Four and Twenty Fiddlers

DESCRIPTION: "Four and twenty fiddlers all in a row ... [nonsense]. It is my lady's holiday therefore let us be merry." Four and twenty drummers, trumpeters, coblers, ... Quakers: "Abraham begat Isaac and Isaac begat Jacob ... [nonsense] It is my lady's holiday ...."
AUTHOR: Thomas D'Urfey (1653-1723) (see NOTES)
EARLIEST DATE: 1719 (_Wit and Mirth ..._ or _Songs Compleat ..._)
KEYWORDS: work music cumulative nonballad nonsense Bible
FOUND IN: Britain(England(South))
REFERENCES (3 citations):
Reeves-Circle 45, "Four and Twenty Fiddlers" (1 text)
ADDITIONAL: [Thomas d'Urfey,] Wit and Mirth, or, Pills to Purge Melancholy (London, 1719), Vol III, pp. 61-62, A Song ("Four and twenty Fidlers all in a Row") (1 text, 1 tune); also as d'Urfey, Songs Compleat, Pleasant and Divertive Set to Musick (London, 1719), Vol III, pp. 61-62, A Song ("Four and twenty Fidlers all in a Row") (1 text, 1 tune)
The Vocal Library: Being the Largest Collection of English, Scottish and Irish Songs Ever Printed in a Single Volume, (London, 1822 [according to Google] ("Digitized by Google")), p. 399, "Four and Twenty Fiddlers" (1 text)

Roud #20211
Bodleian, Harding B 25(679) [some words illegible; for a clearer copy see _The Vocal Library_], "Four and Twenty Fidlers" ("Four and twenty fidlers all of a row"), J. Pitts (London), 1802-1819
NOTES: In France the ballet was popular at the courts of Henri IV, Louis XIII, and Louis XIV. That popularity led, under Louis XIII, to the formation of the "band of 24 violins of the King's chamber." "Their functions were to play for the dancing at all the court-balls, as well as to perform airs, minuets, and rigadoons, in the King's antechamber, during his lever and public dinner, on New Year's Day, May 1, the King's fete-day, and on his return from the war, or from Fontainebleau. [The band] continued to exist till 1761, when Louis XV dissolved it" (Crouquet, p. 279).
Charles II, in exile at the court of France, "became enamoured of French manners and French music." When he returned to England, in imitation of Louis XIV, he established his own band of violins (Hawkins, p. 703). This is supposedly the innovation that inspired D'Urfey's "Four and twenty fiddlers all in a row" (Walcott, p. 46). Before that time "the fiddle was not allowed to be a concert instrument" in England (P.T.W., p. 210).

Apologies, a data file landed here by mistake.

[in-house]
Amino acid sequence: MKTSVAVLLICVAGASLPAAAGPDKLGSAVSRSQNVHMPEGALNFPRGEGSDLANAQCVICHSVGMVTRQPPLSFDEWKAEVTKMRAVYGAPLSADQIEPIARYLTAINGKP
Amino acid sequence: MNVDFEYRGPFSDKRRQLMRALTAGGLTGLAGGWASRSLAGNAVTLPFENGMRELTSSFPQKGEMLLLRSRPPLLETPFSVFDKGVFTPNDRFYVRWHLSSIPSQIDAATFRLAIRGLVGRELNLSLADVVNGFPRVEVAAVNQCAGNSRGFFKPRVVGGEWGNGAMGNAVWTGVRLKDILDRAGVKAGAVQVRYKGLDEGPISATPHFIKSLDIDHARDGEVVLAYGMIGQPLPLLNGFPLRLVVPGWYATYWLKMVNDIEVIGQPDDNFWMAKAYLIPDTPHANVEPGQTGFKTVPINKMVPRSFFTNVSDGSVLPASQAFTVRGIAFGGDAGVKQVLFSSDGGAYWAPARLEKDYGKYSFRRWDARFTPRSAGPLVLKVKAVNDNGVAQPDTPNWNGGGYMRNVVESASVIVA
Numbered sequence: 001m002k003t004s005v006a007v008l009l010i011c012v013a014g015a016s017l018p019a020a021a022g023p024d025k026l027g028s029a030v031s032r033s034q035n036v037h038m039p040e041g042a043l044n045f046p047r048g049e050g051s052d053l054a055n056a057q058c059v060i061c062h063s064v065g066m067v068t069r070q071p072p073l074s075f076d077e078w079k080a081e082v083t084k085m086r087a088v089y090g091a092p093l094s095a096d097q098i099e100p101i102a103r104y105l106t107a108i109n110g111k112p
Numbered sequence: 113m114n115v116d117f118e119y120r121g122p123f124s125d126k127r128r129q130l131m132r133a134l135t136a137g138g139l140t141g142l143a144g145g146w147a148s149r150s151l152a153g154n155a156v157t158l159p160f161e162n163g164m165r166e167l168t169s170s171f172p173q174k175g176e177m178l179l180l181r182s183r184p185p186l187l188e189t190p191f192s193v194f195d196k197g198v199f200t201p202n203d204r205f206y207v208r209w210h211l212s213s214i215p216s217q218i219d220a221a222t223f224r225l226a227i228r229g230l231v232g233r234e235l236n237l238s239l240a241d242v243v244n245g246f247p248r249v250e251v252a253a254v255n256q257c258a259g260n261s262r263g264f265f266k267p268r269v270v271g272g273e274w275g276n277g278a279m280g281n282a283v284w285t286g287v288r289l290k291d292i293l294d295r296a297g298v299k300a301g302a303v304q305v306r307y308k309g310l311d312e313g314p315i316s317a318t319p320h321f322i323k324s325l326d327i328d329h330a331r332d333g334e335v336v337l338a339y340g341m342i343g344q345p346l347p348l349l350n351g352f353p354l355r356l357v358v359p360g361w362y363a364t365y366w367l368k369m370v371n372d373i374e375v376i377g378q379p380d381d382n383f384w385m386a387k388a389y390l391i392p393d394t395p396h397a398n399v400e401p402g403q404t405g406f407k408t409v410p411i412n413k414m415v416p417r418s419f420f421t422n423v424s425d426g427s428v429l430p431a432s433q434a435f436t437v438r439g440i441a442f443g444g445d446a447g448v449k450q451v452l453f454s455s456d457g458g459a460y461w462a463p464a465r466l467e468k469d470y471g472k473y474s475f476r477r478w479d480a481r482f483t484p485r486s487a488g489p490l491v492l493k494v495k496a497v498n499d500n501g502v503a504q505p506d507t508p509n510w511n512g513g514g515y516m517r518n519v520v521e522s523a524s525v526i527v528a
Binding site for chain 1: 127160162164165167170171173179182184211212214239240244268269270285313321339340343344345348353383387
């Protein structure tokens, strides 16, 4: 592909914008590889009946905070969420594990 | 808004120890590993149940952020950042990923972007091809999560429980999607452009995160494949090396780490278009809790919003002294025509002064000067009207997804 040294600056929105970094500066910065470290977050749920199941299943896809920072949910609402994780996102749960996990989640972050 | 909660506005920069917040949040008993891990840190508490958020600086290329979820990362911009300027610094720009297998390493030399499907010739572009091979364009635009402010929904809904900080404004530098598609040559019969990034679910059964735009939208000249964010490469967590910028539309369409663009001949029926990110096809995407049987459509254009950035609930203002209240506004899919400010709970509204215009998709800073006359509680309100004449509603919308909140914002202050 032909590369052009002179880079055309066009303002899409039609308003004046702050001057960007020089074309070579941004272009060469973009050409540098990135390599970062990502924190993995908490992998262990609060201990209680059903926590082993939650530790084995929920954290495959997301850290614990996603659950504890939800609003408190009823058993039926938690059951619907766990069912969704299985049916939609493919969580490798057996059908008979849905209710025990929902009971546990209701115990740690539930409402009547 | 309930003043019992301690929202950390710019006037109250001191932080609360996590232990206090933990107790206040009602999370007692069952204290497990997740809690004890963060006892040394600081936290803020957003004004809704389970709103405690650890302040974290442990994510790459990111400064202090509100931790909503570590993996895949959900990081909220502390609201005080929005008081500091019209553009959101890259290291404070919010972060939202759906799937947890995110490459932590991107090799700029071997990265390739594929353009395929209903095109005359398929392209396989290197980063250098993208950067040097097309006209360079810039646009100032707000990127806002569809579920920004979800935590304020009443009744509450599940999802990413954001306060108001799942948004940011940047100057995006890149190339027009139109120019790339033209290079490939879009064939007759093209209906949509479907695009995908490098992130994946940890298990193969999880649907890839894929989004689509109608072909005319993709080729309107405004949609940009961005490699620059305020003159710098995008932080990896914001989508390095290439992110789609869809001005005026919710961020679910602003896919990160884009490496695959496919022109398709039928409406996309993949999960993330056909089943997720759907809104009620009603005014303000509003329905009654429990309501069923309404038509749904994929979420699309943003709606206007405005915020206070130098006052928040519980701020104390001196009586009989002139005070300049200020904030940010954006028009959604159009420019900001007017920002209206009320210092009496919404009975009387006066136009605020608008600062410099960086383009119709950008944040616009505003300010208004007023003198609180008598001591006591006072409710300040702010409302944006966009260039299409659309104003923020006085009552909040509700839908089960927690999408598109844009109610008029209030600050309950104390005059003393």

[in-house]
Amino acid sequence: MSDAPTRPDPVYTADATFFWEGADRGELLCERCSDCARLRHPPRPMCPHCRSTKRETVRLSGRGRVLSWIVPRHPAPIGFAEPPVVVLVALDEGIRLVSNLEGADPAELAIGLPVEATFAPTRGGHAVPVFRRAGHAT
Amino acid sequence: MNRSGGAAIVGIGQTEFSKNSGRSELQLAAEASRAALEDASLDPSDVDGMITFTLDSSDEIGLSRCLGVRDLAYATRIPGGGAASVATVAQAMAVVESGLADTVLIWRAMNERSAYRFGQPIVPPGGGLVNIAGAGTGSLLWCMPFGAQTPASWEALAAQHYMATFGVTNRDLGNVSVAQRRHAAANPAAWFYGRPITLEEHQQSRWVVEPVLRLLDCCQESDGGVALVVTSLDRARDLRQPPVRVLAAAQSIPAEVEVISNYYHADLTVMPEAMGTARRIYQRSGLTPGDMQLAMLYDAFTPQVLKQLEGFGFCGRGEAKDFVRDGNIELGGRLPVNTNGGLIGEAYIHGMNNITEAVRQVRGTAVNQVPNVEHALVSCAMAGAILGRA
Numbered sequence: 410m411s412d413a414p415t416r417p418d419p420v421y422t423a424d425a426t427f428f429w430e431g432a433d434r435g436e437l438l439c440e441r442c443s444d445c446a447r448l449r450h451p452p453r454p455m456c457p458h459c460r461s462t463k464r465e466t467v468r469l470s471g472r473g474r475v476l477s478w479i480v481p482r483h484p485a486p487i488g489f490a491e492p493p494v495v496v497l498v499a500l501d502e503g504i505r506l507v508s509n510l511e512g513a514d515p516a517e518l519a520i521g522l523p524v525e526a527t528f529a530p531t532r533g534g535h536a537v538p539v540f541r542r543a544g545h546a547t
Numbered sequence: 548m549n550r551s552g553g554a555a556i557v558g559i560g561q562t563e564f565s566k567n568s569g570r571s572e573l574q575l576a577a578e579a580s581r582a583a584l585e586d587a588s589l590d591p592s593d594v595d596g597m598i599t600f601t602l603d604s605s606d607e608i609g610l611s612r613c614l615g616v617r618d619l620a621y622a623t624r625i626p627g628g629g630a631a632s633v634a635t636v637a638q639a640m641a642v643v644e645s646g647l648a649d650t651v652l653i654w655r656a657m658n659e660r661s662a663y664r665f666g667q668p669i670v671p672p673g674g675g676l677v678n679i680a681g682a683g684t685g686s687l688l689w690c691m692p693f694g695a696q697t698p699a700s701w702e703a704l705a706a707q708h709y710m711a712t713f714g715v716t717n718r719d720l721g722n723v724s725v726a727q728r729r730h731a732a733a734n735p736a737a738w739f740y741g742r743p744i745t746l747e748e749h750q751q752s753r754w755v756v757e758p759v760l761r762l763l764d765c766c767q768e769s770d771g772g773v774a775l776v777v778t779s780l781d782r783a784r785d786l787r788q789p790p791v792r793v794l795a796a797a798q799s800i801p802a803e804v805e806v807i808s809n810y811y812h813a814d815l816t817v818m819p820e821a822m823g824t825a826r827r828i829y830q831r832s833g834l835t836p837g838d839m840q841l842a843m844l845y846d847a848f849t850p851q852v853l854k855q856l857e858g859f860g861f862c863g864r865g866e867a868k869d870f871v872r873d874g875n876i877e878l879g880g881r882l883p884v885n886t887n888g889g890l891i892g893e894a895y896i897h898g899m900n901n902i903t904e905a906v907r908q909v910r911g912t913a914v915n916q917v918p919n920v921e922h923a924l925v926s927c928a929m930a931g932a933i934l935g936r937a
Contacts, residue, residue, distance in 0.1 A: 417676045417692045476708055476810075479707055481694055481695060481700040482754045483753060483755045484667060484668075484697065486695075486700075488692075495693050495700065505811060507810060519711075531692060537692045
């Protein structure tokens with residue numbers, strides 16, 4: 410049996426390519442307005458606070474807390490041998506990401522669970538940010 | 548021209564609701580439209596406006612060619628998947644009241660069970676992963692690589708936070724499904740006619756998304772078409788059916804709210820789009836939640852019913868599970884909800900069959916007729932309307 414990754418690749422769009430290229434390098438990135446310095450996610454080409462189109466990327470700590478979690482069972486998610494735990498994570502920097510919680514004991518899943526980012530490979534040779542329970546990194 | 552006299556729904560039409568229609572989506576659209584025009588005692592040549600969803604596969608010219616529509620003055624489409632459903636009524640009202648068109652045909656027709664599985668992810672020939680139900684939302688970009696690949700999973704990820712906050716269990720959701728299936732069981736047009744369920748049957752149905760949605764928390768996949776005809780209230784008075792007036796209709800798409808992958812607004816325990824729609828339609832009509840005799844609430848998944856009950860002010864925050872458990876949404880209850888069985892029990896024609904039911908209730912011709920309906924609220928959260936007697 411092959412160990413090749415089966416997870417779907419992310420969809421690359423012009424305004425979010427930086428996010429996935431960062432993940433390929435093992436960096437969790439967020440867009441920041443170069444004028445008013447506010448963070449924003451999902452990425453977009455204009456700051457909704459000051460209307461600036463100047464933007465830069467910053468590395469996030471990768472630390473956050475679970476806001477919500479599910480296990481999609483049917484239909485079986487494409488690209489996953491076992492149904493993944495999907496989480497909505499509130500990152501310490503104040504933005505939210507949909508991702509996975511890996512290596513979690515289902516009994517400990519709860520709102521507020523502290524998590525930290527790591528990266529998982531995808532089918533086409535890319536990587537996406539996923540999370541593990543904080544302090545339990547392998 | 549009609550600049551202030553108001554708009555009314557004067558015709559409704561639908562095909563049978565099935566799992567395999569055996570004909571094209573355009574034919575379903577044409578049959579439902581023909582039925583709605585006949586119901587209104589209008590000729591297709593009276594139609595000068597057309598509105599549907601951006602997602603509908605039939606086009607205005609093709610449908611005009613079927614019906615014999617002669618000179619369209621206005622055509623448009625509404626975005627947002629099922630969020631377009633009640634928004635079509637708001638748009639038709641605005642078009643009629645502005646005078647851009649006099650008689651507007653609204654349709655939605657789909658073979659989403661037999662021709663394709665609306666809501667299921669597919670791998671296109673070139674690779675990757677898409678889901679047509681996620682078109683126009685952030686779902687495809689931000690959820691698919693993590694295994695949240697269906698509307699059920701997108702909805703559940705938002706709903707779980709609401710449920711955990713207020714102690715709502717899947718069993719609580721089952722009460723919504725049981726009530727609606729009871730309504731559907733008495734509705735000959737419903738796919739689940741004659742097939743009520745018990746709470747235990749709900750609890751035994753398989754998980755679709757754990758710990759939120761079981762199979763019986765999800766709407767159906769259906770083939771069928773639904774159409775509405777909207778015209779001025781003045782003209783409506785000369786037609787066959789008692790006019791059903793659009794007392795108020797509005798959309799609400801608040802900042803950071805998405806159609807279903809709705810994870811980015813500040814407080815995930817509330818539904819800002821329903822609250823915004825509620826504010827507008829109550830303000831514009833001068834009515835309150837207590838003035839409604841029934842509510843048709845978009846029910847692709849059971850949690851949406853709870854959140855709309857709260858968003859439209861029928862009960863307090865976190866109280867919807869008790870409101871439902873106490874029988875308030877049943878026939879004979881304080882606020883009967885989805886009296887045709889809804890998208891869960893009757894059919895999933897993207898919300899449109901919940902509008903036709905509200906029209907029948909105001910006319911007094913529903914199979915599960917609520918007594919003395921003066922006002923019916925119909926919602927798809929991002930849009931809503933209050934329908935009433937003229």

D'Urfey's song "used to be performed between the acts or between the play and farce, by some man of humour at benefits" (P.T.W., p. 210). The idea that D'Urfey intended to satirize the King's band persisted long afterwards (e.g., van der Straeten, p. 845). Walcott writes (p. 46) that the effect of D'Urfey's song was that the king withdrew his new music."
Rimbault (p. 282) has a different view: "Mr Walcott tells the reader that Tom D'Urfey made his song, beginning 'Four-and-twenty fiddlers,' on the occasion of the introduction of this instrumental band into the Chapel Royal! Now, I venture to say that the writer never read the song in question. He could not have done so, or he would not have made so rash a statement. D'Urfey's song had nothing whatever to do with the royal band except in name. It is a mere tissue of absurd nonsense, without the slightest wit or fun. It contains no sting of any kind: the opening lines alone mentions fiddlers, the rest of the song relates to cobblers, tailors, tinkers, and a variety of trades. He tells us that the royal band was withdrawn from the chapel in consequence of this song! Never was a statement more unfortunate. We have evidence to show that Purcell and Blow continued to write their anthems with instrumental accompaniments, and that they were performed in the Chapel Royal down to the end of the king's reign, and even far on into that of his successor."